In support of the Bell Let’s Talk day today, I wanted to share a few of my thoughts and concerns in regards to what the English language education community is doing, or should be doing, to support both the teachers and their learners dealing with mental health issues.
A while back, I had the chance to discuss this issue with an instructor who had an international student struggling with a then undiagnosed struggle with depression and suicidal thoughts. This manifested itself in various ways and was becoming a very disruptive issue in the the classroom and the school. The problem was compounded in the fact that the teacher was unprepared to recognize the underlying issues and deal with those in the school context. Also, administration was unsure about how to approach things while maintaining the safety of everyone involved. Now, not all mental health issues will become so apparent or so dangerous, but the reality is that it is likely that someone in your classroom, or at least a recent student, is suffering with some for of mental health problem and may not even know it.
This issue becomes even more thorny when you start to deal with cultural stigmas, possibly a lack of knowledge regarding mental health issues, and the fear of being alone in a land that is not their own. We haven’t even addressed the issue of health insurance, language barriers, and visas.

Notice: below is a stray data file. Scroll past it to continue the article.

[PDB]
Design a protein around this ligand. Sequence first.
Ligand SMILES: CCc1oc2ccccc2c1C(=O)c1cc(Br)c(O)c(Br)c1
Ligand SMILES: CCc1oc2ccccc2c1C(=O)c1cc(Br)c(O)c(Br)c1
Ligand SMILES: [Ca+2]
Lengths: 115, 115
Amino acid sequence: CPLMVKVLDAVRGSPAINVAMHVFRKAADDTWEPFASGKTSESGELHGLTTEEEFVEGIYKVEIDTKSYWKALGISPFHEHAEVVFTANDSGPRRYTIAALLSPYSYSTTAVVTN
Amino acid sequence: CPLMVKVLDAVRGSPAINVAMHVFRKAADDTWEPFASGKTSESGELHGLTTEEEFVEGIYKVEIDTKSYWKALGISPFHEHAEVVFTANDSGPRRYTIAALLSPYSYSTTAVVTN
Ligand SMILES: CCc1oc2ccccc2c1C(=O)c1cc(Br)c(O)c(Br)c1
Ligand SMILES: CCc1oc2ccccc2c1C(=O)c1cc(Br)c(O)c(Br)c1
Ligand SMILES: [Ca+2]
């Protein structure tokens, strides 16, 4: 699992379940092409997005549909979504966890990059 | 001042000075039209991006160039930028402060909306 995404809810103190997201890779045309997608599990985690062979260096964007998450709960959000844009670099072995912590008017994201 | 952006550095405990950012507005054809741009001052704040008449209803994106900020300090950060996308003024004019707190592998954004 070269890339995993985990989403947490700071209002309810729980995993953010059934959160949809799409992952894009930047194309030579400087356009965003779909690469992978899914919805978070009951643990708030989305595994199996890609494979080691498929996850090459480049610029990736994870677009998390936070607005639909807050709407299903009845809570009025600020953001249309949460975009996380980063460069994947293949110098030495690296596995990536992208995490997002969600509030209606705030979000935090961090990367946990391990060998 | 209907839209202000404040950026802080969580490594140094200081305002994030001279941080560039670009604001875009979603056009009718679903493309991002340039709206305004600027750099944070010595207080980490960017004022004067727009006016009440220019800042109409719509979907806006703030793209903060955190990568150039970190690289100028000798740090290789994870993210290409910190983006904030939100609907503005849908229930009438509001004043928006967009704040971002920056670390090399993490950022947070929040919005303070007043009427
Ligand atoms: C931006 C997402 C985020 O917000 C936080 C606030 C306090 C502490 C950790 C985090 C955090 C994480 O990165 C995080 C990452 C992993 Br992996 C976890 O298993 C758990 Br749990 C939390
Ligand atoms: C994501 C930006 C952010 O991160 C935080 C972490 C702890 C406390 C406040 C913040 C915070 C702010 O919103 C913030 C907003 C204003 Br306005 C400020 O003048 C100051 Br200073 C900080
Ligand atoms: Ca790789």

So how do we deal with this when language teachers are likely not prepared to recognize or support students with mental health issues. In my TESL certificate program, we touched on learning disabilities, but I don’t recall even mentioning mental health issues at all. We did discuss it in my MA TESOL program, but I don’t think that it can be done justice in that type of environment. I think that each school should call in a mental health professional to do a PD session on what to do when you think that a student may have mental health issues, and help teachers know what to do to support students with mental health issues in the classroom. I know that I am quite unprepared and I would love to have some support in this area.
I attempted to find good solid research in this area, but I failed to find anything substantive. I did find a few articles that skirted the issue in conjunction with learning disabilities, but nothing really solid. What I did find was an organization in Canada that supports multicultural individuals suffering with mental health issues and for those who support them. I don’t know much about them, but I may try to contact them to get some more information about how we can take that knowledge directly into the classroom.
I would love to hear from you, especially if you have experience in this area and could help others grow in their understanding in this area.
- 1 in 5 people will experience a mental illness in their lifetime
- (in my current classroom, that means I potentially have about 3 or 4 students suffering with some form of mental illness)
- 1 in 13 adults will experience a major depression in their lives
- (in my current classroom, that means at least 1 will potentially have to deal with this)
Stats courtesy of the Canadian Mental Health Association